Let's Teach Students to Think NOT to Compute
I hear all the time about bringing more STEM (Science, Technology, Engineering and Mathematics) education to our schools. I watch (with horror) as some politicians and others try to shift the focus on Universities away from teaching “liberal arts” and towards “job training.”
Education that is reduced to job-prep skill training will fail us. Any “job” that can be reduced to a series of logical, sequential decisions will be replaced by technology — and very soon.
Humans make bad computers. We’re not great at repetitive tasks and deductive thinking. We require lots of maintenance and training (and retraining). We want to get paid more as we get more experience. We talk back. We make mistakes. We take breaks and vacations.
So, instead of training the next generation of workers for jobs that likely won’t exist (as they do today), perhaps we should turn our focus to developing capabilities that are uniquely human and will probably always create value.
1. Critical Thinking
How to ask better questions, how to dig deeper, how to connect dots, how to find patterns, how to deal with ambiguity, how to structure exploration.
How to create, explore, communicate and implement ideas
3. Interpersonal skills
How to relate to other people, how to build and maintain relationships, how to empathize, how to persuade, how to deal with conflict
I’m not arguing that we stop teaching math or science. Not at all. Instead, I’m suggesting that we also teach students how to think better, how to create and how to work with other people. Those skills are timeless and always in demand.
(slightly edited) follow-up response to feedback on this essay:
Teach to solve problems, not to answer test questions
I’m in no way suggesting that we stop teaching STEM, writing, history or any subjects. I’m suggesting that “teaching to the test,” turning liberal arts educations into job training programs (which some people are actually trying to do) and similar “train people like they’re robots/computers being programmed” are going to fail us. Science education is a means towards creating, improving, solving real world problems and living a more fulfilling life — not strictly a mechanism to train a person to perform a specific job.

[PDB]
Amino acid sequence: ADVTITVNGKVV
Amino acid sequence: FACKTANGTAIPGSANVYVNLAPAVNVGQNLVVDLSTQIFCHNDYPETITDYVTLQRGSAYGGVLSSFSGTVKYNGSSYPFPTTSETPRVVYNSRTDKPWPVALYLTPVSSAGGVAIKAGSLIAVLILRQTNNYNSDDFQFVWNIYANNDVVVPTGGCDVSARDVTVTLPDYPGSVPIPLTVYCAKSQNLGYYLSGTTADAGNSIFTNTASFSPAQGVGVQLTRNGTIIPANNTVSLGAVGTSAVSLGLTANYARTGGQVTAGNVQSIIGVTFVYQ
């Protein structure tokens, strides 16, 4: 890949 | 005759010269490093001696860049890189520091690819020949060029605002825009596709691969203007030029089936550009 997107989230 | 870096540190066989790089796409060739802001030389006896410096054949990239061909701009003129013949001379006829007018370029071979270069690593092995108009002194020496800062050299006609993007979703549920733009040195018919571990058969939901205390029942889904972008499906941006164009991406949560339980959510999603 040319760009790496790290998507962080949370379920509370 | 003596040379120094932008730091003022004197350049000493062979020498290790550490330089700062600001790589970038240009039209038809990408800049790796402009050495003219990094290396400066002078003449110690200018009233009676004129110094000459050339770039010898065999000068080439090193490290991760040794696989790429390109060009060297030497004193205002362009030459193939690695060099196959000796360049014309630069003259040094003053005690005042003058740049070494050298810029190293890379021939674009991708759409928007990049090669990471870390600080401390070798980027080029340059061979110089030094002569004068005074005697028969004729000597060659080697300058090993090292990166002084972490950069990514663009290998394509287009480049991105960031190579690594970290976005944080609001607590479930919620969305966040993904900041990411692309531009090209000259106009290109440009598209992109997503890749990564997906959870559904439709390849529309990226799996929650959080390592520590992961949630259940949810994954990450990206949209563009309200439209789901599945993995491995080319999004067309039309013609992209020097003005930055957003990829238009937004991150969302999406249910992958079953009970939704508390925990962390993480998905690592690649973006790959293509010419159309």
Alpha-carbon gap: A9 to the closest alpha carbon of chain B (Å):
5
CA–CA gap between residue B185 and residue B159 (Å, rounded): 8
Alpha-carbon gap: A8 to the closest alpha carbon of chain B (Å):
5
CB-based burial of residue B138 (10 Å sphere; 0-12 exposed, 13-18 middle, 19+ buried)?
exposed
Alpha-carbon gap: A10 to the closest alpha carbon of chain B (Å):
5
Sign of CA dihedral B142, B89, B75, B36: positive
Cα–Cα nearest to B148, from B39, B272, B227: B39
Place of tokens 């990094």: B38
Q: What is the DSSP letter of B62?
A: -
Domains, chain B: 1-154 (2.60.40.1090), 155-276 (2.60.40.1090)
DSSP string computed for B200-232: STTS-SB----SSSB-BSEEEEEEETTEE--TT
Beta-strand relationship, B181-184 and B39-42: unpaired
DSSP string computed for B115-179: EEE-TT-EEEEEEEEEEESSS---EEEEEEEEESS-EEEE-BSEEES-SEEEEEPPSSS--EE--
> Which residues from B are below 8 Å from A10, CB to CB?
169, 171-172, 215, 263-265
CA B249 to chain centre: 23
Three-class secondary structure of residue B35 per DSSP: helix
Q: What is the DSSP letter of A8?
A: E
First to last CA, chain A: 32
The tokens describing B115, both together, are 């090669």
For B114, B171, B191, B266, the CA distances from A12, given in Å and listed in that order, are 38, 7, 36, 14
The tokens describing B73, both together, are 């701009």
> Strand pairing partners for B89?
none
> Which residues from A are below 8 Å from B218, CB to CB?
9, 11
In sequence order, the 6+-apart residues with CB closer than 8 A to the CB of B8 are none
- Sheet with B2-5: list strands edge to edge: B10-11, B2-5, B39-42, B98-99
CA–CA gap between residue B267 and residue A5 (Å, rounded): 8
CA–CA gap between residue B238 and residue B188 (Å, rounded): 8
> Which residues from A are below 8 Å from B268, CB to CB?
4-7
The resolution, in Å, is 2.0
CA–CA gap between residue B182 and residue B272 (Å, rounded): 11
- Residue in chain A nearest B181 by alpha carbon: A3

And, I’m arguing that schools should teach students science, math, etc. But, those are means to an end — to being able to think critically, to be able to create, to relate to people, etc. They should be taught not just to be able to pass standard tests or do a job as defined today.
On your point about younger generations being less able to think critically, I don’t buy it at all. I might even argue the opposite. Creativity and innovation are happening today at a pace never before experienced. Today’s 20 something’s are more accepting of others, creative and technically savvy than 40, 50 or 60 year olds (are now or were when they were 20). It’s true that fewer of them could “show their work” in a math problem or create paper engineering diagrams. But, their capacity for using technology far exceeds previous generations. There are always anecdotes and exceptions, but I don’t buy the broader “this generation of kids isn’t as xyz as the last one”. However, there are systemic trends pushing towards future generations not being taught civics, that don’t develop critical thinking skills, are taught to revere authority above all else and who lack real world skills to adapt to a changing world. Look at what Scott Walker has been trying to do with University of Wisconsin or the No Child Left Behind/Common Core programs. I worry a lot about this. Students scoring better on tests can be correlative with better real world skills (great education can produce both results), but higher scores definitely don’t cause better real world outcomes. I hired an intern once who had perfect SATs and grades. If you told him what to do, he excelled. If you gave him a problem to solve, he’d ask what to do and would wait until you told him. He just didn’t know how to structure his own solution.